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12/60 FDTD Overview – Cells A three-dimensional problem space is composed of cells

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13/60 FDTD Overview – The Yee Cell The FDTD (Finite Difference Time Domain) algorithm was first established by Yee as a three dimensional solution of Maxwell's curl equations. K. Yee, IEEE Transactions on Antennas and Propagation, May 1966.

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14/60 FDTD Overview – Material grid A three-dimensional problem space is composed of cells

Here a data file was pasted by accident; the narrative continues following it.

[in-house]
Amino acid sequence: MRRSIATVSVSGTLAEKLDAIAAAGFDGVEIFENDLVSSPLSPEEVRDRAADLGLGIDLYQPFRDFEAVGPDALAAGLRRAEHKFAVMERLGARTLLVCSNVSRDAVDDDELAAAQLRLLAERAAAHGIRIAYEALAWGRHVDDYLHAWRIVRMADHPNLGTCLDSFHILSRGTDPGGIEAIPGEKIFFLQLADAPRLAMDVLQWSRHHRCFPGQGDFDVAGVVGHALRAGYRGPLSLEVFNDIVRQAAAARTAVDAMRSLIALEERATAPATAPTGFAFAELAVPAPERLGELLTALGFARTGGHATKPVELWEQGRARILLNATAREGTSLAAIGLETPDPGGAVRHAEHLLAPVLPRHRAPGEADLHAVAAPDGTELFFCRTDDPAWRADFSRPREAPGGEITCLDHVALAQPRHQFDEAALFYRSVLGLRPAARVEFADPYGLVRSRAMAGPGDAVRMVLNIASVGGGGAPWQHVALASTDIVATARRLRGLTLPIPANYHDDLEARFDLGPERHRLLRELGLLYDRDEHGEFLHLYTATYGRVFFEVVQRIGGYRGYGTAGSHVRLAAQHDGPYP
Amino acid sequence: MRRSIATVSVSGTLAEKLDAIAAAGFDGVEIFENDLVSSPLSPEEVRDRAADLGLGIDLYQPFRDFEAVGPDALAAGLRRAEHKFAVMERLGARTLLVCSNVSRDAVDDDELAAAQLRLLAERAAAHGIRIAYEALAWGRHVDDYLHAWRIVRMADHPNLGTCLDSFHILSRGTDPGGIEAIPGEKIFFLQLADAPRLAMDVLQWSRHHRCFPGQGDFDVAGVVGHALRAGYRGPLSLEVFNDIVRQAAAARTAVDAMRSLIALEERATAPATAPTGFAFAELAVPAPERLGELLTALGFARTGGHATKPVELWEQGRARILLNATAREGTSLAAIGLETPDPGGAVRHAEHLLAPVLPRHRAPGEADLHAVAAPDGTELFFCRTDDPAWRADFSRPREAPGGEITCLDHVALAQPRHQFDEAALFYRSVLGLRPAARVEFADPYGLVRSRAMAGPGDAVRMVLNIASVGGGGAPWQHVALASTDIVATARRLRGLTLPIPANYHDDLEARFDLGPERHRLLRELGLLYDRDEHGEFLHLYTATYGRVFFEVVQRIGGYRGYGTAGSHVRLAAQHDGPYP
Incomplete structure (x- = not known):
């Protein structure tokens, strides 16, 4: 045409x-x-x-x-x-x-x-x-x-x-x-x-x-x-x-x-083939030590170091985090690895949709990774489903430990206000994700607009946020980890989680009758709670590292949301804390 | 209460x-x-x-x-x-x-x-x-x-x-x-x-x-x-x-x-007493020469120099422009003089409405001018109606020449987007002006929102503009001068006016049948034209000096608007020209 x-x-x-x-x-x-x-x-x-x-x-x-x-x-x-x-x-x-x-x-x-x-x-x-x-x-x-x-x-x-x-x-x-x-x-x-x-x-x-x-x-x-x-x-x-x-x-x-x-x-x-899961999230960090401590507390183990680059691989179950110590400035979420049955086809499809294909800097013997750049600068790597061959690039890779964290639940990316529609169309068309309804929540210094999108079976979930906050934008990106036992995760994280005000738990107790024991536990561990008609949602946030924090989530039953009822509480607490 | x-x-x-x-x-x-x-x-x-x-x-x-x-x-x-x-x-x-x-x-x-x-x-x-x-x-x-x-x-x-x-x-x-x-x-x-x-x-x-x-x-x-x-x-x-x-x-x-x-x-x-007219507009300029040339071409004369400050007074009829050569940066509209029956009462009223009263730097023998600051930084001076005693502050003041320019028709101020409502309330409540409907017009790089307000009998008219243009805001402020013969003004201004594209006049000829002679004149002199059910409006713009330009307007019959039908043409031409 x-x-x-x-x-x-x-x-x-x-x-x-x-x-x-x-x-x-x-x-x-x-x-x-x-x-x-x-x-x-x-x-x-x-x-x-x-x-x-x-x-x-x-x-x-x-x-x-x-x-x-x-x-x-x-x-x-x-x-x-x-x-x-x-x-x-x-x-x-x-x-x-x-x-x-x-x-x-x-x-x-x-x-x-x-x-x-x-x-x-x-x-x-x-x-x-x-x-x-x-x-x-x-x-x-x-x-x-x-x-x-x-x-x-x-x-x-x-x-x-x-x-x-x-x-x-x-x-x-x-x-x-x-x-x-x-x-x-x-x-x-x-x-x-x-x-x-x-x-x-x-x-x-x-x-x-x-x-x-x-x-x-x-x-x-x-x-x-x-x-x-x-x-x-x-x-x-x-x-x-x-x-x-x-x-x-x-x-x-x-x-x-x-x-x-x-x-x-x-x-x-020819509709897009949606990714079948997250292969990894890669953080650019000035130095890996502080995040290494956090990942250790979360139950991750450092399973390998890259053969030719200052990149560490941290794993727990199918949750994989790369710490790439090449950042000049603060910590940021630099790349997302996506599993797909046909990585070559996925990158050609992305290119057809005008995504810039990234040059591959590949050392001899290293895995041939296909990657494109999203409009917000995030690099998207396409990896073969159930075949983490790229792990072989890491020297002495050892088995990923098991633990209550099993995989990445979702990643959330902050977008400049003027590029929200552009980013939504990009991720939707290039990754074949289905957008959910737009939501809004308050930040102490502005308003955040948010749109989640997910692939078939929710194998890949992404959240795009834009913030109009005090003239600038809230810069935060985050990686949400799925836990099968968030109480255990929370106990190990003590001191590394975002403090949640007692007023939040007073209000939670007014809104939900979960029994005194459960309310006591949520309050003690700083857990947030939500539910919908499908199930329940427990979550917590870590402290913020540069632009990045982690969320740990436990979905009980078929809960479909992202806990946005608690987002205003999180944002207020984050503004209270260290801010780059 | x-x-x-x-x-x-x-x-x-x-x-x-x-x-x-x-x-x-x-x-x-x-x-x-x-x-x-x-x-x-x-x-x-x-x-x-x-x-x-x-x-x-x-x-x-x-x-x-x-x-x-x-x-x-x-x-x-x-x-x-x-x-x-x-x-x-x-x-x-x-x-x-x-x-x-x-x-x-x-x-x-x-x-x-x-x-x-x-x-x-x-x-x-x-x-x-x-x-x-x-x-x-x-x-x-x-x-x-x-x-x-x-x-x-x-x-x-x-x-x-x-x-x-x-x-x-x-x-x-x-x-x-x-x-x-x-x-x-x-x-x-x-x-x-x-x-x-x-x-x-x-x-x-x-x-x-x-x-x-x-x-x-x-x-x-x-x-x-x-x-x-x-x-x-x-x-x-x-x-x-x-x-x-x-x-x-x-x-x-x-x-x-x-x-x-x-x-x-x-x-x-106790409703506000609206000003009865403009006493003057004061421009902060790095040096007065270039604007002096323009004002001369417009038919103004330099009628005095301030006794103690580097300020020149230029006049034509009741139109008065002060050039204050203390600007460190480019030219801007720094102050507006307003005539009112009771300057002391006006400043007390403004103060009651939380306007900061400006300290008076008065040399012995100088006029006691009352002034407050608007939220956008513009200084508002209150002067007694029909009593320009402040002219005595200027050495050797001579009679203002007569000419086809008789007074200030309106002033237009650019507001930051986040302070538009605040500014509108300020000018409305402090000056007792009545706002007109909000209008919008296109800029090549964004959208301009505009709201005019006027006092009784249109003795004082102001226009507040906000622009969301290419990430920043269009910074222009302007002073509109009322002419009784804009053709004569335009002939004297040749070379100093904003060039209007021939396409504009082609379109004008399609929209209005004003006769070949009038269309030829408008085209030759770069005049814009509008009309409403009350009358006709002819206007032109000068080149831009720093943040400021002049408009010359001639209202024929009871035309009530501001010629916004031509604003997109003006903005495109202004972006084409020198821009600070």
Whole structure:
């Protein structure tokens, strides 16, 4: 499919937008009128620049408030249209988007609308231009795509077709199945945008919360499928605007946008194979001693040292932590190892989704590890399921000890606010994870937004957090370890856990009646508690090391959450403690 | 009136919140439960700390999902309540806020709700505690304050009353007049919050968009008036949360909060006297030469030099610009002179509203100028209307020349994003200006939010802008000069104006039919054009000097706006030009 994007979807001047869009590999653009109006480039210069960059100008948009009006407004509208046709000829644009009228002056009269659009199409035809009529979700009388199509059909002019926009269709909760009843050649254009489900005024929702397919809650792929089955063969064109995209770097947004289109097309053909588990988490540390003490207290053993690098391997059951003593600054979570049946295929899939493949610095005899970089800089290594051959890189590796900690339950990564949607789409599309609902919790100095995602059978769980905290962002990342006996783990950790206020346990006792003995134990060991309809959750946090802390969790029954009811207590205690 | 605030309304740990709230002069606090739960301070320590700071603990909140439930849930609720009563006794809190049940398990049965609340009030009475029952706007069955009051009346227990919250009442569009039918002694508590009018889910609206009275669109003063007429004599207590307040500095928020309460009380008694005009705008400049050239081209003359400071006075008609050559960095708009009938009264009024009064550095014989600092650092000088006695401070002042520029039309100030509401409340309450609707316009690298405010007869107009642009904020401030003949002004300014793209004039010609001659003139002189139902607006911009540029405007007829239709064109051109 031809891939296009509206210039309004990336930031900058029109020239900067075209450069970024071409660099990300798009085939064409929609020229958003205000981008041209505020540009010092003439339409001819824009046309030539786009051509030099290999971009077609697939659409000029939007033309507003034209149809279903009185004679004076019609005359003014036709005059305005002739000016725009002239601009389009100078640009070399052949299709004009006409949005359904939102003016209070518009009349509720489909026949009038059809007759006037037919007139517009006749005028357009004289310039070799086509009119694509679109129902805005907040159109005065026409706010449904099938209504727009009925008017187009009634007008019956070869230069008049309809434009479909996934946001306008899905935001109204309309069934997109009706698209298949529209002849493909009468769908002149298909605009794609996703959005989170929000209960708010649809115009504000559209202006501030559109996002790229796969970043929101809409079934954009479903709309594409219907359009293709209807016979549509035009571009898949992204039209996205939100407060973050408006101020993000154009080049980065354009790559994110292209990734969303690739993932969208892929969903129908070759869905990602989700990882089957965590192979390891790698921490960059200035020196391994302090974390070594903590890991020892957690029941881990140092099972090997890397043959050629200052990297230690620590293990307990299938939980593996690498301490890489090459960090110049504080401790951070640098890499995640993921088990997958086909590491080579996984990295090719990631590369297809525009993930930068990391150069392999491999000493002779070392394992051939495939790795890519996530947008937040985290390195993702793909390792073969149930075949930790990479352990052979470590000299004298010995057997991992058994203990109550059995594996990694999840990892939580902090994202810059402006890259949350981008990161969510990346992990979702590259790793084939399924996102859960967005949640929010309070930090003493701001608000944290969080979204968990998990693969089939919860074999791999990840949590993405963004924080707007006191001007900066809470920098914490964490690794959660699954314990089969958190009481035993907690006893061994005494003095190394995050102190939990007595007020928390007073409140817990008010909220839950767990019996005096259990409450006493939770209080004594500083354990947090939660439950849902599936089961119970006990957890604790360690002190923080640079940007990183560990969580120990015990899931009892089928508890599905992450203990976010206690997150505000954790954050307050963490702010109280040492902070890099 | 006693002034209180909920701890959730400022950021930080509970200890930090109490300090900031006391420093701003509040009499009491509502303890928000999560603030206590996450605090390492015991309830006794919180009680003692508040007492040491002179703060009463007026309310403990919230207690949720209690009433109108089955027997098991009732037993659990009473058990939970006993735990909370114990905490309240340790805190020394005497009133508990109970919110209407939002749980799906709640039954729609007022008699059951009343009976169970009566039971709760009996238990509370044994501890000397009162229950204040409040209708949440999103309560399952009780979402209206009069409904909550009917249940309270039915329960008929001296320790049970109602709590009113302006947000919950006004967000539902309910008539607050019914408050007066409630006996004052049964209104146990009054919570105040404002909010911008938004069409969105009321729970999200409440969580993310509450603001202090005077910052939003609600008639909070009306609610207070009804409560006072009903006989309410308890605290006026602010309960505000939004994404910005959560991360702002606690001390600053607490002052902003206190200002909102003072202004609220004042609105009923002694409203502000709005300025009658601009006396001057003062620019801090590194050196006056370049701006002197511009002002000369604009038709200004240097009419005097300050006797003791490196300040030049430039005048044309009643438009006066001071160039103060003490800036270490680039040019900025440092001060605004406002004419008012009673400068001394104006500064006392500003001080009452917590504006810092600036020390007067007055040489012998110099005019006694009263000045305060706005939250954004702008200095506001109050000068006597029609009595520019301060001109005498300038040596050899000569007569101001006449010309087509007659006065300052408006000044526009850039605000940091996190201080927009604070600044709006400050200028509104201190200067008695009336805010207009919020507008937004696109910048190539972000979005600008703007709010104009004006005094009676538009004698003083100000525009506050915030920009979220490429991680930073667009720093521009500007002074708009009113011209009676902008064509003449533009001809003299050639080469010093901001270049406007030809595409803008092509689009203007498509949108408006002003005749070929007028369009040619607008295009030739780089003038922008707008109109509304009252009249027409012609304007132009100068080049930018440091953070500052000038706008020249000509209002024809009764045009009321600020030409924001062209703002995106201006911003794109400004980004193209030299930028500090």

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15/60 FDTD Overview – Updating Equations Three scalar equations can be obtained from one vector curl equation.

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16/60 FDTD Overview – Updating Equations Represent derivatives by finite-differences

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17/60 FDTD Overview – Updating Equations Represent derivatives by finite-differences

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18/60 FDTD Overview – Updating Equations Express the future components in terms of the past components

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FDTD Overview – Leap-frog Algorithm